Monday, August 8, 2011

Who Killed the Electric Car?

The 2006 documentary WHO KILLED THE ELECRTIC CAR? opens with a funeral procession. A line of sedans files into a Southern California cemetery, the hoods covered with wreaths. A eulogy is read. The departed? The General Motors EV1, the first mass produced electric car. As GM only allowed the cars to be leased, every last one of them had to be turned in after the California Air Resources Board reversed their own decision to combat air pollution (the Zero- emissions vehicle mandate of 1990).

Why? Director Chris Paine formulates a few theories. Big Oil. The auto manufacturers themselves (Chrysler and Toyota, among others, also produced electric vehicles). The GW Bush Administration. There were multiple lawsuits and muscle from each of them. An electric car does not need oil. You know the rest. You may well just end the discussion right there. But, there are other variables. What about the push for hydrogen powered cars? No other than W himself took the pulpit and offered his approval. Did all of the enthusiasm and R & D $$$s also kill the electric car? There isn't enough space here for me to postulate the problems with hydrogen (not clean burning, not easily extracted, etc.) and how its adoption would be a retrograde step for consumers and the environment.

WHO KILLED THE ELECTRIC CAR? is comprised of a listing of culprits (the above, as well as battery manufacturers) and an ongoing serial of several EV1 owners who become activists, even willing to be arrested as they try to block a semi that will haul the last of the EV1s to their destruction. The latter follows very devoted folks, celebrities (Alexandra Paul, Ed Begley, Jr., Mel Gibson, et. al) and regular joes as their bewilderment turns to anger and action. Paine structures this thread almost like a straight drama. We become concerned for those hunks of metal, what they symbolize, what could've been.

Of course, those right of center will be quick to brand WHO KILLED THE ELECTRIC CAR? liberal pap. Even as someone who is definitely not in that group, I at times felt the film was a bit content with pointing fingers, and not considering other points of view. I'm all about sticking it to the Man, but equal time should be given to all the talking heads. Not just in terms of screen time, but also in how the principals are presented. This films bathes the EV1 owners and "green" proponents almost in an angelic glow, fighting an uphill battle as if they were fighting a degenerative disease. I'm not saying the environment is not an essential cause, but this movie, at times, portrays its heroes as positively oppressed. Paine paces his doc with a heavy hand.

The coporate guys are of course shown as abrupt, bottom line minions who cite chapter and verse as to why production of electric vehicles were halted. The lines of horseshit they deliver are as unconvincing as some of their hairlines, but I wish maybe we could listen to them a bit longer? Are they really this greedy and one dimensional? Is anyone? Possibly. This movie suggests a conspiracy among Big Business and politicos; don't stop the presses on that one. But, the slant in ELECTRIC CAR was bit more lefty than necessary.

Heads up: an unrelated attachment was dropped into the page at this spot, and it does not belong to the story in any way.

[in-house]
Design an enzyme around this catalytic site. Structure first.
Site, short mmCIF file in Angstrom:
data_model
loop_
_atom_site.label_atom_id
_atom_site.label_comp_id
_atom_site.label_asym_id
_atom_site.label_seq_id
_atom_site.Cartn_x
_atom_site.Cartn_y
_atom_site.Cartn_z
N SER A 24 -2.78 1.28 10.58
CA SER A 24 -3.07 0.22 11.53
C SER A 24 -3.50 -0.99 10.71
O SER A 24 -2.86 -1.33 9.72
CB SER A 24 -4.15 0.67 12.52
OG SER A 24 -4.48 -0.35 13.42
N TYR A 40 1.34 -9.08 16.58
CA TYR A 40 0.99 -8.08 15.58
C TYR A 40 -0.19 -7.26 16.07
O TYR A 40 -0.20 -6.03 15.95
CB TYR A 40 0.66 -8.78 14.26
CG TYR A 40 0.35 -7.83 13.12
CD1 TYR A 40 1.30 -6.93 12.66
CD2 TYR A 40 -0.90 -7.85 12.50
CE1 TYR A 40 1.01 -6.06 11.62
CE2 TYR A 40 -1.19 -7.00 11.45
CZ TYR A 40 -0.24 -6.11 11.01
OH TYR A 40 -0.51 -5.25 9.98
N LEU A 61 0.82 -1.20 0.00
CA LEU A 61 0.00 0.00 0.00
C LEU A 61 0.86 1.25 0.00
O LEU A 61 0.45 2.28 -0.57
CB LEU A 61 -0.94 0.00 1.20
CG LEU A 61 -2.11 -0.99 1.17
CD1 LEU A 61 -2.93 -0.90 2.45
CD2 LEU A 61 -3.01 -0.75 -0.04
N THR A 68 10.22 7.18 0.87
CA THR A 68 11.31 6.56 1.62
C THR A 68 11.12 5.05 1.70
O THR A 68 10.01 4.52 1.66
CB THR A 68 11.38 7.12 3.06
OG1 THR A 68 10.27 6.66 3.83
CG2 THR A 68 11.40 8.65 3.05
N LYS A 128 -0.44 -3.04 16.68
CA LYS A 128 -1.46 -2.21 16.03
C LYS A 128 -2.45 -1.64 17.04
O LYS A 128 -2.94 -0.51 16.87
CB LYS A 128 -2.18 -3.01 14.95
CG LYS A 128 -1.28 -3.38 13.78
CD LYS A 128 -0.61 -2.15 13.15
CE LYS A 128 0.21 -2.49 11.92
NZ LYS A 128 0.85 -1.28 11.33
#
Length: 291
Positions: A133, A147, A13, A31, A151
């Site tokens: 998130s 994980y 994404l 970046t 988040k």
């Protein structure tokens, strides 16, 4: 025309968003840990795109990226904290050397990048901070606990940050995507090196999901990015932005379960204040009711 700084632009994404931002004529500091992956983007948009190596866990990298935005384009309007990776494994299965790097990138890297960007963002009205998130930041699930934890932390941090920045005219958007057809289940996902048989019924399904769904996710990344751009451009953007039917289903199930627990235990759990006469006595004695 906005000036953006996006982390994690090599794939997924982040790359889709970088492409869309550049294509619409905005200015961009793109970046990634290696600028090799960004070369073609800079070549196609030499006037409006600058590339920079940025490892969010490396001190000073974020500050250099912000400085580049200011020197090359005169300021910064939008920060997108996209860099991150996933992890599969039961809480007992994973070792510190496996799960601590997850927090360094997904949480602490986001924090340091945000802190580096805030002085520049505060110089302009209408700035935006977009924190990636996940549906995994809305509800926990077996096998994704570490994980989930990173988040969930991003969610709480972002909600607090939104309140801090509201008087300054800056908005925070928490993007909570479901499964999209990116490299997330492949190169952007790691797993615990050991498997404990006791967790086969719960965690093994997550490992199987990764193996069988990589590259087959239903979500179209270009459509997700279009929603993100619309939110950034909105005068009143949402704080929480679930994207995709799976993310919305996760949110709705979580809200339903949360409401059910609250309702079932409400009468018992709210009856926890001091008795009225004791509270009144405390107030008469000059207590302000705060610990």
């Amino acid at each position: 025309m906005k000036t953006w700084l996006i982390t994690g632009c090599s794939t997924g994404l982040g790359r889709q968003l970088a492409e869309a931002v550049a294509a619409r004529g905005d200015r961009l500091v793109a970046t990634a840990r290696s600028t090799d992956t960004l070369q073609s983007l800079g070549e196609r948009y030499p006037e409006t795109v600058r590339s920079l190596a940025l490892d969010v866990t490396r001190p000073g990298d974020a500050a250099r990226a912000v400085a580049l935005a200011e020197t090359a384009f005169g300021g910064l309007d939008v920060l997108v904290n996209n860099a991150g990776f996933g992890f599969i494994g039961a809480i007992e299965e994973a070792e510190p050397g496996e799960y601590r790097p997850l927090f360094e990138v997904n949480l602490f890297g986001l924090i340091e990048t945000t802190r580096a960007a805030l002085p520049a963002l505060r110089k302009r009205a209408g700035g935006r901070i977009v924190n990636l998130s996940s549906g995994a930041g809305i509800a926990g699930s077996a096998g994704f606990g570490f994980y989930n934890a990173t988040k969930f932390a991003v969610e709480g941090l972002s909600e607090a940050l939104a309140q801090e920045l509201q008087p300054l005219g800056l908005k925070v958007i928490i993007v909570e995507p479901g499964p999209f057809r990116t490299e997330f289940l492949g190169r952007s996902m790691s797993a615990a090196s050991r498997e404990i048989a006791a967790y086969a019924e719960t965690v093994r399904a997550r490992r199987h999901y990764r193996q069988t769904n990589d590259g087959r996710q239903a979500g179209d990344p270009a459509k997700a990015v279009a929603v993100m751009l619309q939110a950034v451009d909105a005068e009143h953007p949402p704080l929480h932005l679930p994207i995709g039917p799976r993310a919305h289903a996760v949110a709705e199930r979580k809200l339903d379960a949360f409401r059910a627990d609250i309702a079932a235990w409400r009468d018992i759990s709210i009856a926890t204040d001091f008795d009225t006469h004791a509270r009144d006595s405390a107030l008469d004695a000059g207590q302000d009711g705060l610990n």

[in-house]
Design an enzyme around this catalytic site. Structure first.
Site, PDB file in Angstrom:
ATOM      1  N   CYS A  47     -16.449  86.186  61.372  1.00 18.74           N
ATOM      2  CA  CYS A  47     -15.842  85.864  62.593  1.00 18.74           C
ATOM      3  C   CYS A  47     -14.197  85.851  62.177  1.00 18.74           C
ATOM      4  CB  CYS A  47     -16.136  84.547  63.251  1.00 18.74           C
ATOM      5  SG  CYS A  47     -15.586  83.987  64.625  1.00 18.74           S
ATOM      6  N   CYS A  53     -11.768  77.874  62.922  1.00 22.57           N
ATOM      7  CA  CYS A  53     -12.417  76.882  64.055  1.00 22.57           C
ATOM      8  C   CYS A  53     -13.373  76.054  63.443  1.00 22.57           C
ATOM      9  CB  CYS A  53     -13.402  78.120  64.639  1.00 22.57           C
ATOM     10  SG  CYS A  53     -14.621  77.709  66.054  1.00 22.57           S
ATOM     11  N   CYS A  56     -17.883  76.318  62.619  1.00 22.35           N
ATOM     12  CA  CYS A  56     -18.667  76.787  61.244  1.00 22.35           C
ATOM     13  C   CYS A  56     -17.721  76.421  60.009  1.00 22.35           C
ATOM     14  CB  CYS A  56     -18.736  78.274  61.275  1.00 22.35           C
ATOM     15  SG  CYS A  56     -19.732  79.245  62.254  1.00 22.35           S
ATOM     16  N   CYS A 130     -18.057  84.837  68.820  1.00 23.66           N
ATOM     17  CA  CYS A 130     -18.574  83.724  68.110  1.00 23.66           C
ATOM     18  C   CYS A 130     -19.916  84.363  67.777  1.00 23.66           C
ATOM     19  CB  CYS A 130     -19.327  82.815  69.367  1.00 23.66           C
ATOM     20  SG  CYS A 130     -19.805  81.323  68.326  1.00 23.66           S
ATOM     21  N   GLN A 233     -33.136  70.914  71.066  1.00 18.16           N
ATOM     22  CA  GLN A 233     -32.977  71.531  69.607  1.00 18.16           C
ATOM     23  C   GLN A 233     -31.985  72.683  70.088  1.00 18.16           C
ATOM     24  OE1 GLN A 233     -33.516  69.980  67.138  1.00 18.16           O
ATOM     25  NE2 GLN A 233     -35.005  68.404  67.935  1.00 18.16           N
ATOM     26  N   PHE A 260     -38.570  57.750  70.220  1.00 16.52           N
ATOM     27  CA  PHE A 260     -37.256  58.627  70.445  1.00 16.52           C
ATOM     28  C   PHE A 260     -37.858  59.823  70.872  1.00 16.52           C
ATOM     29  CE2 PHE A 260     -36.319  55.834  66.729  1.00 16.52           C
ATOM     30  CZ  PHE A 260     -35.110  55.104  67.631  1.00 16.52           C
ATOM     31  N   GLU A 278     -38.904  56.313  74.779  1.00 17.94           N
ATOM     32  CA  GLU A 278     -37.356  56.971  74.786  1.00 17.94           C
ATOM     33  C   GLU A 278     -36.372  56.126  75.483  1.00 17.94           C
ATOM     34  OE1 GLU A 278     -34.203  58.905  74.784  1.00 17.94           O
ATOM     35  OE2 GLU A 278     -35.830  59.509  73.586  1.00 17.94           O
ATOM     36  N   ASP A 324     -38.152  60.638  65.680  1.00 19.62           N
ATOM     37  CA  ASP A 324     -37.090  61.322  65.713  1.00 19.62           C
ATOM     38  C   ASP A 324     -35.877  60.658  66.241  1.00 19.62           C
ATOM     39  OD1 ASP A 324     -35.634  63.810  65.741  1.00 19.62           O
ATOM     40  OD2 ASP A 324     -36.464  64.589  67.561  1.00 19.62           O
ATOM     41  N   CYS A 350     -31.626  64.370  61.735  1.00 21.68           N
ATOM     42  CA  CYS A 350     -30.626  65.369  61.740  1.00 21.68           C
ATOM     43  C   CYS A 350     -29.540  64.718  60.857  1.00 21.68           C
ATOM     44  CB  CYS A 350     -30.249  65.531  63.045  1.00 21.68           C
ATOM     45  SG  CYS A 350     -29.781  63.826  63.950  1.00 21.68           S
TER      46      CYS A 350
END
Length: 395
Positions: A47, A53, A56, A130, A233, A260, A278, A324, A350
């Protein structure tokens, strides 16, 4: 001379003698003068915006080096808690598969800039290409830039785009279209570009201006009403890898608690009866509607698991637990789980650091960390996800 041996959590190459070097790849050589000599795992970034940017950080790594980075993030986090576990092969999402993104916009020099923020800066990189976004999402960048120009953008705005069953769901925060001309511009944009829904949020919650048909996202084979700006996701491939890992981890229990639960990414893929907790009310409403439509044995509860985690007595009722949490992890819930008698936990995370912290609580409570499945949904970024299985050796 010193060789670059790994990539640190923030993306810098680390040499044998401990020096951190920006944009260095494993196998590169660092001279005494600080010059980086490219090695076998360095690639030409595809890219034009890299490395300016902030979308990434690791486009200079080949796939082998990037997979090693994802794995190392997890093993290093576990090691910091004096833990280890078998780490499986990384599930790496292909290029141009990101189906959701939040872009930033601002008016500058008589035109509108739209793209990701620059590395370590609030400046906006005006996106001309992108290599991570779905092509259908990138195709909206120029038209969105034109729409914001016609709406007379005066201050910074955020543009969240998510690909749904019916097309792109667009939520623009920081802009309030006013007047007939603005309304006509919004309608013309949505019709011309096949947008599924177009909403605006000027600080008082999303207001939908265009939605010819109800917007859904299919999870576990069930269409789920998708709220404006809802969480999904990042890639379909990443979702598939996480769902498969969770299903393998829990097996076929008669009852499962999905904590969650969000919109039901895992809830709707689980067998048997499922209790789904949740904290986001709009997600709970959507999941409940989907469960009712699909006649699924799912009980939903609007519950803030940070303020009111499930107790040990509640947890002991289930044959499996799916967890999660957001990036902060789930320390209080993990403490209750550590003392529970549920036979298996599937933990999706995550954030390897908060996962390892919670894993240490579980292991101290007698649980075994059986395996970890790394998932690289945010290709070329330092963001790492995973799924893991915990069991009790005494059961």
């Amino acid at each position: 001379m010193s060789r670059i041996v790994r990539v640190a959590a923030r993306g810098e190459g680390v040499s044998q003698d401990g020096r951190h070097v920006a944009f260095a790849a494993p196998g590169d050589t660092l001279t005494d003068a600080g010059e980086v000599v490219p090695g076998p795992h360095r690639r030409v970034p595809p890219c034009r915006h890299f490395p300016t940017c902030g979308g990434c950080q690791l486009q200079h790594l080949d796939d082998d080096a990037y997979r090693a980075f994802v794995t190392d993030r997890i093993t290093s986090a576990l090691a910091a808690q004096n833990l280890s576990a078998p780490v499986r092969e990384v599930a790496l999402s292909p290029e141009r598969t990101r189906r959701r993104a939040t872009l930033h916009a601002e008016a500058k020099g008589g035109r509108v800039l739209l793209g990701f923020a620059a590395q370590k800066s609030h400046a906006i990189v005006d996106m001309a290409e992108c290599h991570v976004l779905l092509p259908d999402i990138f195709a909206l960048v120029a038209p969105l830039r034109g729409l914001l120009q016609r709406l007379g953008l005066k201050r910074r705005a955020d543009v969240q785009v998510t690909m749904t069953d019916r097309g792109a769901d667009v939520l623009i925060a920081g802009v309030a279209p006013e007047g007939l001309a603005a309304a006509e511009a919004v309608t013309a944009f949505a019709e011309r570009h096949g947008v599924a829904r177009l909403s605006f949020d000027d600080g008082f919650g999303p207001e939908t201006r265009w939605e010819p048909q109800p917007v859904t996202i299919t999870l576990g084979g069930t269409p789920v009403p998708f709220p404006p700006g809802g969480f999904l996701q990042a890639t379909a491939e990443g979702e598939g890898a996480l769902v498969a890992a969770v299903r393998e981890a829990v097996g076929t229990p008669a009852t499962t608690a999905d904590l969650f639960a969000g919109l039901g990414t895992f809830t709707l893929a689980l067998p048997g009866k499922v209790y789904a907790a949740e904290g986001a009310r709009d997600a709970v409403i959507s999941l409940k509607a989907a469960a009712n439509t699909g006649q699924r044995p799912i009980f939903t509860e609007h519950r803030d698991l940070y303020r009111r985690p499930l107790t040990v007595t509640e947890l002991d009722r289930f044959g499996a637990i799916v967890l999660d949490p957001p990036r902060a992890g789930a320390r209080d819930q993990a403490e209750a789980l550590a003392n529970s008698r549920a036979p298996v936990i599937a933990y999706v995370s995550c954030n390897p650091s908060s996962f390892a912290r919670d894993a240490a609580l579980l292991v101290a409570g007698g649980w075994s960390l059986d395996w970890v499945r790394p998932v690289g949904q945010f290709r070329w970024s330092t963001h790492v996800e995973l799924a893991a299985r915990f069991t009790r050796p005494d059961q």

Therein lies the unavoidable problem with so many docs: subjectivity. Some filmmakers are blatant, like Michael Moore. I've championed unabashedly partisan documentaries like HEARTS & MINDS and DR. DEATH, but in those I felt freer to interpret and arrive at my own conclusions. Paine uses graphics and bullet points to make his case, like we're watching someone's Power Point presentation. Plus, all the electric car peeps wear white hats and the fossil fuel diehards wear black. I like to see the waters muddied a bit more; that's reality, but it could trip up your thesis.

Still, WHO KILLED THE ELECTRIC CAR? makes salient points about the machinery of government and industry, of how everything is about money. I think most people of a certain age have gathered that much, but seeing it documented is a good reminder and possible catalyst. Thinking back, if anyone should be praising this film, it should be the car battery manufacturers, the only of Paine's suspect list that gets acquitted of the title crime. I'd like to see a facedown between them and the oil companies, the latter of whom blamed the former for the electric car's death. Let's see a battery life chart diagnostic and Shell's balance sheet side by side. That would be a good starting point.

NOTE: Electric cars will be featured on showroom floors yet again. 2011 looks to be a year of re-birth. Nissan's Leaf is electric, while the Chevy Volt will be a "plug-in hybrid". They look to be expensive, but tax credits and state rebates may help. We'll see how the saga unfolds this time.

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